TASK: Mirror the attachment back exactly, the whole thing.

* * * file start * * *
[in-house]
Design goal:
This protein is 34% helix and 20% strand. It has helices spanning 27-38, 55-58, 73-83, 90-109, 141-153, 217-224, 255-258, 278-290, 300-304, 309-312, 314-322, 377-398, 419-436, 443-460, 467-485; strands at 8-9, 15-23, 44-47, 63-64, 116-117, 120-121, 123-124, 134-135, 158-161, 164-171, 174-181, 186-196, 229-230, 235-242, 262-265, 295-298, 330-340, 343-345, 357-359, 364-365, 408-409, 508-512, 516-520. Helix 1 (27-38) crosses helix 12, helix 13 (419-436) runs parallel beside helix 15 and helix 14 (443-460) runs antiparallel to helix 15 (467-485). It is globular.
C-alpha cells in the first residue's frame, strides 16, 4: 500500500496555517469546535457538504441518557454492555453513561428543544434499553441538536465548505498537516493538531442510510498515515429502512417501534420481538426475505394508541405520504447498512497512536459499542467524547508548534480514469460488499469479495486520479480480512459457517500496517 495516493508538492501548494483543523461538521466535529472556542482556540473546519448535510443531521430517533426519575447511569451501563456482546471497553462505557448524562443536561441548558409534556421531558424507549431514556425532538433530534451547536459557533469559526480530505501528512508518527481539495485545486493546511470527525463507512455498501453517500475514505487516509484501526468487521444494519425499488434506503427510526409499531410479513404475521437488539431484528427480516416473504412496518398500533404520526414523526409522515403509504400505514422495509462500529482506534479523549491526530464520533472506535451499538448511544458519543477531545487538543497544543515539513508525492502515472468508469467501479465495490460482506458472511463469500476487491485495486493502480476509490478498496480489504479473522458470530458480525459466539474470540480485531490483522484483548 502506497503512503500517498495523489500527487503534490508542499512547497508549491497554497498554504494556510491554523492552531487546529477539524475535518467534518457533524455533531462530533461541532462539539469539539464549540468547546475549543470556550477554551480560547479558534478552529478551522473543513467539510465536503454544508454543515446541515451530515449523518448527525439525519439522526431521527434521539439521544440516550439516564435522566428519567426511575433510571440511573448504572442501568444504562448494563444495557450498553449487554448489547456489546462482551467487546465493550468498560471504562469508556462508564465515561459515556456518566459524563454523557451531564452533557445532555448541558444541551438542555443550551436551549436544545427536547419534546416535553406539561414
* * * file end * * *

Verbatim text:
[in-house]
Design goal:
This protein is 34% helix and 20% strand. It has helices spanning 27-38, 55-58, 73-83, 90-109, 141-153, 217-224, 255-258, 278-290, 300-304, 309-312, 314-322, 377-398, 419-436, 443-460, 467-485; strands at 8-9, 15-23, 44-47, 63-64, 116-117, 120-121, 123-124, 134-135, 158-161, 164-171, 174-181, 186-196, 229-230, 235-242, 262-265, 295-298, 330-340, 343-345, 357-359, 364-365, 408-409, 508-512, 516-520. Helix 1 (27-38) crosses helix 12, helix 13 (419-436) runs parallel beside helix 15 and helix 14 (443-460) runs antiparallel to helix 15 (467-485). It is globular.
C-alpha cells in the first residue's frame, strides 16, 4: 500500500496555517469546535457538504441518557454492555453513561428543544434499553441538536465548505498537516493538531442510510498515515429502512417501534420481538426475505394508541405520504447498512497512536459499542467524547508548534480514469460488499469479495486520479480480512459457517500496517 495516493508538492501548494483543523461538521466535529472556542482556540473546519448535510443531521430517533426519575447511569451501563456482546471497553462505557448524562443536561441548558409534556421531558424507549431514556425532538433530534451547536459557533469559526480530505501528512508518527481539495485545486493546511470527525463507512455498501453517500475514505487516509484501526468487521444494519425499488434506503427510526409499531410479513404475521437488539431484528427480516416473504412496518398500533404520526414523526409522515403509504400505514422495509462500529482506534479523549491526530464520533472506535451499538448511544458519543477531545487538543497544543515539513508525492502515472468508469467501479465495490460482506458472511463469500476487491485495486493502480476509490478498496480489504479473522458470530458480525459466539474470540480485531490483522484483548 502506497503512503500517498495523489500527487503534490508542499512547497508549491497554497498554504494556510491554523492552531487546529477539524475535518467534518457533524455533531462530533461541532462539539469539539464549540468547546475549543470556550477554551480560547479558534478552529478551522473543513467539510465536503454544508454543515446541515451530515449523518448527525439525519439522526431521527434521539439521544440516550439516564435522566428519567426511575433510571440511573448504572442501568444504562448494563444495557450498553449487554448489547456489546462482551467487546465493550468498560471504562469508556462508564465515561459515556456518566459524563454523557451531564452533557445532555448541558444541551438542555443550551436551549436544545427536547419534546416535553406539561414